Slow cookers are an indispensable part of any frugal kitchen. They can make even the toughest meat tender and have a set-it-and-forget-it type of operation. Not only that, but they tend to make more than a family can eat at any one sitting which means left overs. Let take a look at some of the benefits and uses of slow cookers.
In truth, a slow cooker doesn't so much save time but move it. It allows you to do the prep work for an evening meal earlier in the day.
Here's an example. Let's say that we know that a given evening is going to be very busy. One child has soccer practice, another child has dance practice, and my wife has to stay late for an after-work meeting. Our solutions for dinner are now limited. We're either going to eat out, get take-out, or prepare something very quick and dirty at home.
A slow cooker solves this problem. Whenever we arrive home, a good home-cooked meal made from basic ingredients is sitting there fully cooked, hot, and waiting for us. We just set the table and eat - it's far faster than even eating out.
Simply put, a slow cooker moves your food preparation from a point where there are a lot of demands on your time to a point when there are many fewer demands on your time.
Since you're able to make the time transition described above, you've suddenly made it possible to cook at home when it previously didn't really work all that well.
You've either turned a meal eaten out to one eaten at home, or you've turned a prepackaged meal into a fresh, healthier, and probably tastier meal.
In either case, that's a net gain. The gain is clearer when compared to a meal eaten out, but it's still prevalent when compared to a prepackaged meal, as the costs on those are often quite high compared to what you get. Even if your costs are equivalent, the meal you've prepared is of better quality than the prepackaged one.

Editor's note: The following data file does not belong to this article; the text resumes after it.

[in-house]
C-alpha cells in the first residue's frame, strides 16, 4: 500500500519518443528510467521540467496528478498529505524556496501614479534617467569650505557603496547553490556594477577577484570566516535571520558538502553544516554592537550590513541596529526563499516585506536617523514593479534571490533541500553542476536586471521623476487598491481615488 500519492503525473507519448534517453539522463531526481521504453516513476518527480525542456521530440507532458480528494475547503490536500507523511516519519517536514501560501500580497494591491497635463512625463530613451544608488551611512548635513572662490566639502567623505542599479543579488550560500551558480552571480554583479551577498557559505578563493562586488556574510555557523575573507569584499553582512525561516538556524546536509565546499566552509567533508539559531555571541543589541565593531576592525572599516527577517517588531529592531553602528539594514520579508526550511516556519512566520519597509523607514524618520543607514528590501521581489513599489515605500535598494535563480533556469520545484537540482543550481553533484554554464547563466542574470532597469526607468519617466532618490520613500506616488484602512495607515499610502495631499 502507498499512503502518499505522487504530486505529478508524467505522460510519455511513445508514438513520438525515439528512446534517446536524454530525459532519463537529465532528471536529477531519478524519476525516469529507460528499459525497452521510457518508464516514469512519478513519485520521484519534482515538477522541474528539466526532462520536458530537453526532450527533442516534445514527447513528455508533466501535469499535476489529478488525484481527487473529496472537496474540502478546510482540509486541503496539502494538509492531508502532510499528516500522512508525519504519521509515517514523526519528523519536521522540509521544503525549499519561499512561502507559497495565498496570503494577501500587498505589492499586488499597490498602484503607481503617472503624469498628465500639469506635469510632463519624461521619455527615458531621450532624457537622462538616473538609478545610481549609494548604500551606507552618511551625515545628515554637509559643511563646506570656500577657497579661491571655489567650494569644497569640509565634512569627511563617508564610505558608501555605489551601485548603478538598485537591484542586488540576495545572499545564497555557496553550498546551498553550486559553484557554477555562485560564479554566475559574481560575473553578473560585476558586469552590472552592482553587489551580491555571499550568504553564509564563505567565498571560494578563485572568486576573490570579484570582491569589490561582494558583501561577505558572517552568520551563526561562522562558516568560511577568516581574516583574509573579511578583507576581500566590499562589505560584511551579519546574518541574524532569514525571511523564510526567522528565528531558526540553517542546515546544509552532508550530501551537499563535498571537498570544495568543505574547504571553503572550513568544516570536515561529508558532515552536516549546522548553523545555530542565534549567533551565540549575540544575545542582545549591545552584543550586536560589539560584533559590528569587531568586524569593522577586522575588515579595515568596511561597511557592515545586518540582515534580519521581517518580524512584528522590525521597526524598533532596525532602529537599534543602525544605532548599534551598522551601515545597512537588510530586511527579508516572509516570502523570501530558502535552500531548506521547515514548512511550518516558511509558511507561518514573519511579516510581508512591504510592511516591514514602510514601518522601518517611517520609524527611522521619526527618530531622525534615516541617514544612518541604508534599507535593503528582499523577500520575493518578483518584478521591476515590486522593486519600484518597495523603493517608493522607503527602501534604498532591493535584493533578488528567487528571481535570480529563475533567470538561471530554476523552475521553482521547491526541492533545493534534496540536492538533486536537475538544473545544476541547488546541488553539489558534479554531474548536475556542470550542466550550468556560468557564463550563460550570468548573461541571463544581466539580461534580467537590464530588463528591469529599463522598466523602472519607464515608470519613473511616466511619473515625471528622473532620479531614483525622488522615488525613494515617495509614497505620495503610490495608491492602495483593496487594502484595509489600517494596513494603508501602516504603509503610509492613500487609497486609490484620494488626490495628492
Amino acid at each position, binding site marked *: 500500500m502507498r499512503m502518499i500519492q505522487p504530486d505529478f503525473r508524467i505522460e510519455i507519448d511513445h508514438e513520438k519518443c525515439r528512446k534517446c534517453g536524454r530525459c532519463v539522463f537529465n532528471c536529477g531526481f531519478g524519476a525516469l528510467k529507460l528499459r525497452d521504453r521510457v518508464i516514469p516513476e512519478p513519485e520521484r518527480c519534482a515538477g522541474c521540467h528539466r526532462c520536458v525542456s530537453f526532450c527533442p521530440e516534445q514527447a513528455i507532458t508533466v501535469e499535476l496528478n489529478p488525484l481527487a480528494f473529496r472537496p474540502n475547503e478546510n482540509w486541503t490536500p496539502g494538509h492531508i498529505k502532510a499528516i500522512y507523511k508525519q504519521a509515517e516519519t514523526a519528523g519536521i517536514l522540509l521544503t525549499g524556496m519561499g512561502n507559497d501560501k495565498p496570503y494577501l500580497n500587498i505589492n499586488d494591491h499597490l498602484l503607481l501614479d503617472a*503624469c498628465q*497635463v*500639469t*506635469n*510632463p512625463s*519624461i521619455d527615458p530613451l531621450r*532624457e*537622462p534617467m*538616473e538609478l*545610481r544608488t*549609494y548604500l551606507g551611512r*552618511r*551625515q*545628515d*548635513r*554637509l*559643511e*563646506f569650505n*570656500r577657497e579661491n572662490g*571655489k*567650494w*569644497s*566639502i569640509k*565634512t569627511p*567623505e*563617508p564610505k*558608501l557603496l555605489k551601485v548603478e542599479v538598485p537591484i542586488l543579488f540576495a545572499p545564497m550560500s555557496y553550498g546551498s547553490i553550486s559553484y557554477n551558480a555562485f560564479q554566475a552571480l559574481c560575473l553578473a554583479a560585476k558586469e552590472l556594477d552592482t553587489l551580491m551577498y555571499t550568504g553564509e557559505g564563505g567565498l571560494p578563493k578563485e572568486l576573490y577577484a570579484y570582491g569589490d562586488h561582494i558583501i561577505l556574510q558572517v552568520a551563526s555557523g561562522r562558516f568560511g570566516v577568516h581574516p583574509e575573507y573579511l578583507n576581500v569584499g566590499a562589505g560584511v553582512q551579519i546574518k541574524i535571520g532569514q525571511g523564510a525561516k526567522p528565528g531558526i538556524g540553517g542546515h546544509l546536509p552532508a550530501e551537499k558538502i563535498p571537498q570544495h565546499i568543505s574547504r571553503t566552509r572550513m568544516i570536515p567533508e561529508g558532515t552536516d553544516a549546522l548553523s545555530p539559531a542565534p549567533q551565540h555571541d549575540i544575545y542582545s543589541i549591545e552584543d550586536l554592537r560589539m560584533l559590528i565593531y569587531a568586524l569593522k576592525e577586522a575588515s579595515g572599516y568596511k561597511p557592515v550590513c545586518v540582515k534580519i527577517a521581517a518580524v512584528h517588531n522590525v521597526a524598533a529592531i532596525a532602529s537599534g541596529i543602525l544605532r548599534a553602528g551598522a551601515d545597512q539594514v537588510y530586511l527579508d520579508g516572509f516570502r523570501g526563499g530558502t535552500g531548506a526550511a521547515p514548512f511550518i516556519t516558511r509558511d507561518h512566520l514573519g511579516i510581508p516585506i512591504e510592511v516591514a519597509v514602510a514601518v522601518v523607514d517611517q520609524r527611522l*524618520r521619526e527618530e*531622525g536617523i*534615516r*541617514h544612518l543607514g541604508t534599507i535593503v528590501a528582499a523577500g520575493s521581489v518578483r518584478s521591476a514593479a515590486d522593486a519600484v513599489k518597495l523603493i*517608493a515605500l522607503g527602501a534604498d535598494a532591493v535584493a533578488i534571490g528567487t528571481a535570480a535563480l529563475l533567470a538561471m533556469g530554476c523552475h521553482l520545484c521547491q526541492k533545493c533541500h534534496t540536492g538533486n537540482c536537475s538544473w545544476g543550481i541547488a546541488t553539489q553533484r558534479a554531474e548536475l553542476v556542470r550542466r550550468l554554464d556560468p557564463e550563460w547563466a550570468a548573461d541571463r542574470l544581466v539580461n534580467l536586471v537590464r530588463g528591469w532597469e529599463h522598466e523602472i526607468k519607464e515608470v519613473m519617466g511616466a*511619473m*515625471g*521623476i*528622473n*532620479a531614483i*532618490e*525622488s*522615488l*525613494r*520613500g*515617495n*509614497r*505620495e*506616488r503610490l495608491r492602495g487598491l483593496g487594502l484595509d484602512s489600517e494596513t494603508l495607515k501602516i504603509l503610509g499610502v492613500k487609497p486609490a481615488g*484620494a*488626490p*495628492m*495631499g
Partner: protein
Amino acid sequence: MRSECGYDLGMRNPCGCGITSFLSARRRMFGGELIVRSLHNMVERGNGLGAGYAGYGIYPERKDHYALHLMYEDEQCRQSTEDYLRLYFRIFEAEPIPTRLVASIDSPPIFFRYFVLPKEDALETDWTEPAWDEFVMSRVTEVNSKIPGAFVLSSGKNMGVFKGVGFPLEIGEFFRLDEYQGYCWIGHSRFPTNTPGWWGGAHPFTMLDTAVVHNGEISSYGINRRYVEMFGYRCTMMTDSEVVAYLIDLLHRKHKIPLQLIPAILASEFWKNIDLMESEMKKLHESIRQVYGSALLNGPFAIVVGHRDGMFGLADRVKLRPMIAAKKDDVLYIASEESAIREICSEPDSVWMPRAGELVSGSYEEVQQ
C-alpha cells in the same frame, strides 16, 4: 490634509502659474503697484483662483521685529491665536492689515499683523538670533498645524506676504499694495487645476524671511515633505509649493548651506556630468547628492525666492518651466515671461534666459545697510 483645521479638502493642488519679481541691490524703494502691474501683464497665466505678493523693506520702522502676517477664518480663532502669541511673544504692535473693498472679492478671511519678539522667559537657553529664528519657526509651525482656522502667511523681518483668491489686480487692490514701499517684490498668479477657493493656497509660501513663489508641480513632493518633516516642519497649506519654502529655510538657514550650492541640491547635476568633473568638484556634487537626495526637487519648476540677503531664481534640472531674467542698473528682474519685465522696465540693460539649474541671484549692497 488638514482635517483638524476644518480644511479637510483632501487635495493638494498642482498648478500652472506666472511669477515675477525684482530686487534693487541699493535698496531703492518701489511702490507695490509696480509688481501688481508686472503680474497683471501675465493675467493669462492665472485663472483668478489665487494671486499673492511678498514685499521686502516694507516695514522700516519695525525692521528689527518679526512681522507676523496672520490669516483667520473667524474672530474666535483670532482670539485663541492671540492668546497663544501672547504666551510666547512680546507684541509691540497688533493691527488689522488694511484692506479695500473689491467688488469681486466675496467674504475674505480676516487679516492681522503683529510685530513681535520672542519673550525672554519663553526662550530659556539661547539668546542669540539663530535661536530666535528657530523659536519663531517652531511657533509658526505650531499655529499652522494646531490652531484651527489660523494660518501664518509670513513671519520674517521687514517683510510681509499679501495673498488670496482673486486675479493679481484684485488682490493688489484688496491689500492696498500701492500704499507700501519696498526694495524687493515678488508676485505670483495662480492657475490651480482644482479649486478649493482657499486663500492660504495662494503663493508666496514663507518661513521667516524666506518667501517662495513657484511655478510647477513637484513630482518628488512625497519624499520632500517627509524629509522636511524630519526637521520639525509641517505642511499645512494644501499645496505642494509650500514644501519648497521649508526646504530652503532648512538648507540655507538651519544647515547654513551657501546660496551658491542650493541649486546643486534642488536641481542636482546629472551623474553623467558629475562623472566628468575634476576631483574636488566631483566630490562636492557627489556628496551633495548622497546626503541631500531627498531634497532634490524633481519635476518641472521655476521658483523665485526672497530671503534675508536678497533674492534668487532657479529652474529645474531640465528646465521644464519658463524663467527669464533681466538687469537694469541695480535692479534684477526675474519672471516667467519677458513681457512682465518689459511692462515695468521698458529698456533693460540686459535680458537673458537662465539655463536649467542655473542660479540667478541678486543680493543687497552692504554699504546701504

We also save money by using a slow cooker to prepare other ingredients, such as making shredded chicken, chicken stock, and vegetable stock.
For your first slow cooker, I'd suggest picking up a very low-end cooker, just to see if you'll use it or not. A low-end slow cooker (or crock pot, as they're often labeled) usually just has a dial on the front that enables you to choose warm, low, or high for settings and is "on" whenever it's plugged in. Straightforward, indeed.
If you find you're using that one a lot, it's worthwhile to invest in one with some more sophisticated features. A timer is a very useful feature, as is a programmable slow cooker that allows you to have the slow cooker adjust from low to high at a designated time. This enables you to put in the ingredients, have the dish start a few hours after you leave, and kick up to high just before you're planning on returning, resulting in a perfect meal. This really adds to your flexibility with using this for family meals when you're out for the day. A good example of this type is the Hamilton-Beach 6 quart programmable model.
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